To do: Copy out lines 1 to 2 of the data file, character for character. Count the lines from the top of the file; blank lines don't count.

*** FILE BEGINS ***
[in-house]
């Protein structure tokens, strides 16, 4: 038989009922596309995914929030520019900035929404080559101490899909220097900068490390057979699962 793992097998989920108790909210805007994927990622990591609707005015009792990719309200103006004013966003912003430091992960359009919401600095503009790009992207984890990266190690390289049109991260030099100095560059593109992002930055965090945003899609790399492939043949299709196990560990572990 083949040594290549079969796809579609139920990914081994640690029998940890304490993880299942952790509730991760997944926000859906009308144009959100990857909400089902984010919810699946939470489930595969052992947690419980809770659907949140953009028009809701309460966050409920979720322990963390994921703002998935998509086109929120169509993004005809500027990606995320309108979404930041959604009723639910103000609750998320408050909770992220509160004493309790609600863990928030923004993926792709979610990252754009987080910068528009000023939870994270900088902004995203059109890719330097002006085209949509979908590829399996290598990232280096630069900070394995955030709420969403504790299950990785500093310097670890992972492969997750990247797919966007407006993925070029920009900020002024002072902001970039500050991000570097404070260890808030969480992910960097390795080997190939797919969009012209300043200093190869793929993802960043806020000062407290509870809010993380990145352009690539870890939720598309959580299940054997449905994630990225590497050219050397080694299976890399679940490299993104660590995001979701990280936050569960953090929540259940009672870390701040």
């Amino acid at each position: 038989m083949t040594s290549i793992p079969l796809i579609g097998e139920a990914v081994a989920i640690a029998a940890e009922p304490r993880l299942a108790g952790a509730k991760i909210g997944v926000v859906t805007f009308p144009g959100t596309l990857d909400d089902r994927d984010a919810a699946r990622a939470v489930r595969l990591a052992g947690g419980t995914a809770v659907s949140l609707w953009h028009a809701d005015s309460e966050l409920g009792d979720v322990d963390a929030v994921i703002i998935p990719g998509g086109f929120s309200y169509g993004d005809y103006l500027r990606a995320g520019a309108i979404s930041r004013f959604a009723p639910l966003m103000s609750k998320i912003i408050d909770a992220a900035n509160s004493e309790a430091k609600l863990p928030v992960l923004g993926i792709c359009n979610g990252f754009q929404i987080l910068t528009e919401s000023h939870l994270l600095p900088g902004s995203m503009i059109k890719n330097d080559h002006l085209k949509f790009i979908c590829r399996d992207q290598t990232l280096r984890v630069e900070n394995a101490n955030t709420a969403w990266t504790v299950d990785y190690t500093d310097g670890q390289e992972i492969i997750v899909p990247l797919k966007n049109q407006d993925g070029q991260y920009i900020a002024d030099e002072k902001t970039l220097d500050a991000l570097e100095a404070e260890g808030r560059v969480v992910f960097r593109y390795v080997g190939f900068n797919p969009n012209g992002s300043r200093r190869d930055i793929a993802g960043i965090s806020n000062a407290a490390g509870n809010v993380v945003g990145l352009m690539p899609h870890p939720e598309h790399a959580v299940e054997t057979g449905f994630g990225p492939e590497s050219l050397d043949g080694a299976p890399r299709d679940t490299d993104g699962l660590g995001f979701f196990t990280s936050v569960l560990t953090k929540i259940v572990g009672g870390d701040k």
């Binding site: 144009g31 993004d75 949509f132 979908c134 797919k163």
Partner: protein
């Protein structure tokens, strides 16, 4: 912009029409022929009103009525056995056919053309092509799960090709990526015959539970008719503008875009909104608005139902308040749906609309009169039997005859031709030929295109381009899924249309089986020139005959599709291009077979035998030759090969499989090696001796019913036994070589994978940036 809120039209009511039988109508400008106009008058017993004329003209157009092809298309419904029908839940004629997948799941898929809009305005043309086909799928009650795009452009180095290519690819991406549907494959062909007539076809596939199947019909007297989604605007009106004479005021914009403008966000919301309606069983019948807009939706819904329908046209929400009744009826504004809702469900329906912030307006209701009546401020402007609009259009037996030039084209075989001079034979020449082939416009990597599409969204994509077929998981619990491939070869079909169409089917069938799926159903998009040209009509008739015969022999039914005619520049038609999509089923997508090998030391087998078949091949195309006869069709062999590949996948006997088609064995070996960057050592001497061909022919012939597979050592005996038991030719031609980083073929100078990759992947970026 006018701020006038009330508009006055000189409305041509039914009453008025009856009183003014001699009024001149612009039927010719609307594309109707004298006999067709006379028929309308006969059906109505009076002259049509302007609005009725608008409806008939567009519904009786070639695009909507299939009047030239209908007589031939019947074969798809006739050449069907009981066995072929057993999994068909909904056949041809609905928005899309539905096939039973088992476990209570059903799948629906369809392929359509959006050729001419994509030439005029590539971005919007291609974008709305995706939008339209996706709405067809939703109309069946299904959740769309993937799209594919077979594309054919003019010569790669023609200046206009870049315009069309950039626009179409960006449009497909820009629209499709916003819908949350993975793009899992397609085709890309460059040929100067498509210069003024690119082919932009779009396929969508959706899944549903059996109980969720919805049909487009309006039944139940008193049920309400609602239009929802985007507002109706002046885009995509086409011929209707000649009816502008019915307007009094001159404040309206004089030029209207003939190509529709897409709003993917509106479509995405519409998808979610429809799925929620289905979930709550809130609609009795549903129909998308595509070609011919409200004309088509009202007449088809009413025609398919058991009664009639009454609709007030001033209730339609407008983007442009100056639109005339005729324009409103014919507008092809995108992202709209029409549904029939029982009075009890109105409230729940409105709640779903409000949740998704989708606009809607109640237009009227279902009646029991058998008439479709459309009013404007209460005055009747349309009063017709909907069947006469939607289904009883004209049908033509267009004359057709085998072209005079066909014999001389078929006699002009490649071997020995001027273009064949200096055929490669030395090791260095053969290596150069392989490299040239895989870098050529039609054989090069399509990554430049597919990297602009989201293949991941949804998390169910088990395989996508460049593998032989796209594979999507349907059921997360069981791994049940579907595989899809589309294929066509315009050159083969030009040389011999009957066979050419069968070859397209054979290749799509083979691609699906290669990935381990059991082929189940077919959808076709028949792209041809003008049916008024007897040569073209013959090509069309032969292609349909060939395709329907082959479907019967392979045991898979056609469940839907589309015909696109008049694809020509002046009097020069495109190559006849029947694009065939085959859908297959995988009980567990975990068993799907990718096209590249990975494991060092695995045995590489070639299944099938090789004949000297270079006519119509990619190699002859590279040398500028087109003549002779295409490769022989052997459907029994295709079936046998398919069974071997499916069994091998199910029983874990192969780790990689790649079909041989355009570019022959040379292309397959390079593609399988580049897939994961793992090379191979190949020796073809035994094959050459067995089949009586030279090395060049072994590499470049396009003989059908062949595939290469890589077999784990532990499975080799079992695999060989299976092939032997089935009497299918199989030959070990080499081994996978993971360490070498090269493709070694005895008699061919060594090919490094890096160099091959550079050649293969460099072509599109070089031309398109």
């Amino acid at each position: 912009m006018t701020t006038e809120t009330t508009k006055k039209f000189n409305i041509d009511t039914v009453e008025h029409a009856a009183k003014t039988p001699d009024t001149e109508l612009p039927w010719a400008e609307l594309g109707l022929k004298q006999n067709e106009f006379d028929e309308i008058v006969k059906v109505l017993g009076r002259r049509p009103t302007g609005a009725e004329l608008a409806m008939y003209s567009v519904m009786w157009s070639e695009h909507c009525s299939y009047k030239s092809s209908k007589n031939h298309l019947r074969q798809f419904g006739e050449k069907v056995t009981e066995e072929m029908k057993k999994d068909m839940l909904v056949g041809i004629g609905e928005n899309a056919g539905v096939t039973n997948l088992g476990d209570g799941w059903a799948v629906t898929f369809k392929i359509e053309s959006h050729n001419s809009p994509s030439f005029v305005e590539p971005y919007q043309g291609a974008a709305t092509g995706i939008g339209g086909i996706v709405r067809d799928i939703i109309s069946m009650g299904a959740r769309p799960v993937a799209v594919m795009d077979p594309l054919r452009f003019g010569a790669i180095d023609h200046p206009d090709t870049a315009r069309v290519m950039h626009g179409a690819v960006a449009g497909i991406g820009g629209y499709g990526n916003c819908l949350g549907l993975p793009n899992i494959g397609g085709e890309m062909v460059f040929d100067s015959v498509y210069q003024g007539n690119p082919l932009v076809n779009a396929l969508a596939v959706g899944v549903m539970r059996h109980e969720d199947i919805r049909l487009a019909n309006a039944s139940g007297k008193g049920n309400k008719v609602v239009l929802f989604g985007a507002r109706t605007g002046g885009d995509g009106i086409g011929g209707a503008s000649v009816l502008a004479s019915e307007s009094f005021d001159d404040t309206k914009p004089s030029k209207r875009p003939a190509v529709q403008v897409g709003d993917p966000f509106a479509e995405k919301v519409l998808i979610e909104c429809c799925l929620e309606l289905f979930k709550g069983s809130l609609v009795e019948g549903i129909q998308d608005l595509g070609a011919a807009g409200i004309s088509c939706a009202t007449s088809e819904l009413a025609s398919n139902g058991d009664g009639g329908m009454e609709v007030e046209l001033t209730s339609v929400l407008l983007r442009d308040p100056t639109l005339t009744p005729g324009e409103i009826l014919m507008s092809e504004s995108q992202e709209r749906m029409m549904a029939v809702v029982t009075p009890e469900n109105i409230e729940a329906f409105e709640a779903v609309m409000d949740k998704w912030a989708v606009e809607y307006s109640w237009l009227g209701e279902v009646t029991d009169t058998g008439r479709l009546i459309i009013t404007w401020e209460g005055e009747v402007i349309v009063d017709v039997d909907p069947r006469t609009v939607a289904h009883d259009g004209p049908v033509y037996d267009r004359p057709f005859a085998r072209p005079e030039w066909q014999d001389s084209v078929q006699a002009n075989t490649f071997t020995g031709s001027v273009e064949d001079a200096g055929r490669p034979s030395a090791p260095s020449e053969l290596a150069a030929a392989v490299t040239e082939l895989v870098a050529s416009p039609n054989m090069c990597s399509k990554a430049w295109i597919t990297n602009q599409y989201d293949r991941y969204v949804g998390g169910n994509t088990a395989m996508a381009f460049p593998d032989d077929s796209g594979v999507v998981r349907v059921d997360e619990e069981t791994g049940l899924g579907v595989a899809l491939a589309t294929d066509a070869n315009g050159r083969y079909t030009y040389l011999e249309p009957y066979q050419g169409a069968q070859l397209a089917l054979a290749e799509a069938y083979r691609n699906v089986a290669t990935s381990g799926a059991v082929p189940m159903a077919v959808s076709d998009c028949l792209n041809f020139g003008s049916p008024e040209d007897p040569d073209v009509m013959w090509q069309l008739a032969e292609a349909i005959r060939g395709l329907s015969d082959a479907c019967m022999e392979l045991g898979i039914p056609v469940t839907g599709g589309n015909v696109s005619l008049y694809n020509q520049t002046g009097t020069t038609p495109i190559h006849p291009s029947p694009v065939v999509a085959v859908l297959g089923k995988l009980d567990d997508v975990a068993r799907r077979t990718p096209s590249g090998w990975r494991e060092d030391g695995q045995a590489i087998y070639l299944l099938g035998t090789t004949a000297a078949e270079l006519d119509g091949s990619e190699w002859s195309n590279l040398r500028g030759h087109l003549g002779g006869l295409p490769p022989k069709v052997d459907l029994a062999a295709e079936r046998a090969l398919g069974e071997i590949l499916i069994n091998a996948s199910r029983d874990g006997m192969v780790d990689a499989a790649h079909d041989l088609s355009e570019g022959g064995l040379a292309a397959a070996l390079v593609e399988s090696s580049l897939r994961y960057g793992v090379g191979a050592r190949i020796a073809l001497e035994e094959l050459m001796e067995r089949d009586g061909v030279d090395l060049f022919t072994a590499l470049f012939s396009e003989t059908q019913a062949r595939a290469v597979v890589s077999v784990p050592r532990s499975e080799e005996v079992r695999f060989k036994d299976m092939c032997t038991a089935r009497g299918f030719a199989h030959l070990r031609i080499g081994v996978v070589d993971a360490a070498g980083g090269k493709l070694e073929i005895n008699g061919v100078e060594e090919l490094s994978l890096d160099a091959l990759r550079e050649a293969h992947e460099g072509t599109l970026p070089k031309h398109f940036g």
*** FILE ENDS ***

[in-house]
């Protein structure tokens, strides 16, 4: 038989009922596309995914929030520019900035929404080559101490899909220097900068490390057979699962 793992097998989920108790909210805007994927990622990591609707005015009792990719309200103006004013966003912003430091992960359009919401600095503009790009992207984890990266190690390289049109991260030099100095560059593109992002930055965090945003899609790399492939043949299709196990560990572990 083949040594290549079969796809579609139920990914081994640690029998940890304490993880299942952790509730991760997944926000859906009308144009959100990857909400089902984010919810699946939470489930595969052992947690419980809770659907949140953009028009809701309460966050409920979720322990963390994921703002998935998509086109929120169509993004005809500027990606995320309108979404930041959604009723639910103000609750998320408050909770992220509160004493309790609600863990928030923004993926792709979610990252754009987080910068528009000023939870994270900088902004995203059109890719330097002006085209949509979908590829399996290598990232280096630069900070394995955030709420969403504790299950990785500093310097670890992972492969997750990247797919966007407006993925070029920009900020002024002072902001970039500050991000570097404070260890808030969480992910960097390795080997190939797919969009012209300043200093190869793929993802960043806020000062407290509870809010993380990145352009690539870890939720598309959580299940054997449905994630990225590497050219050397080694299976890399679940490299993104660590995001979701990280936050569960953090929540259940009672870390701040």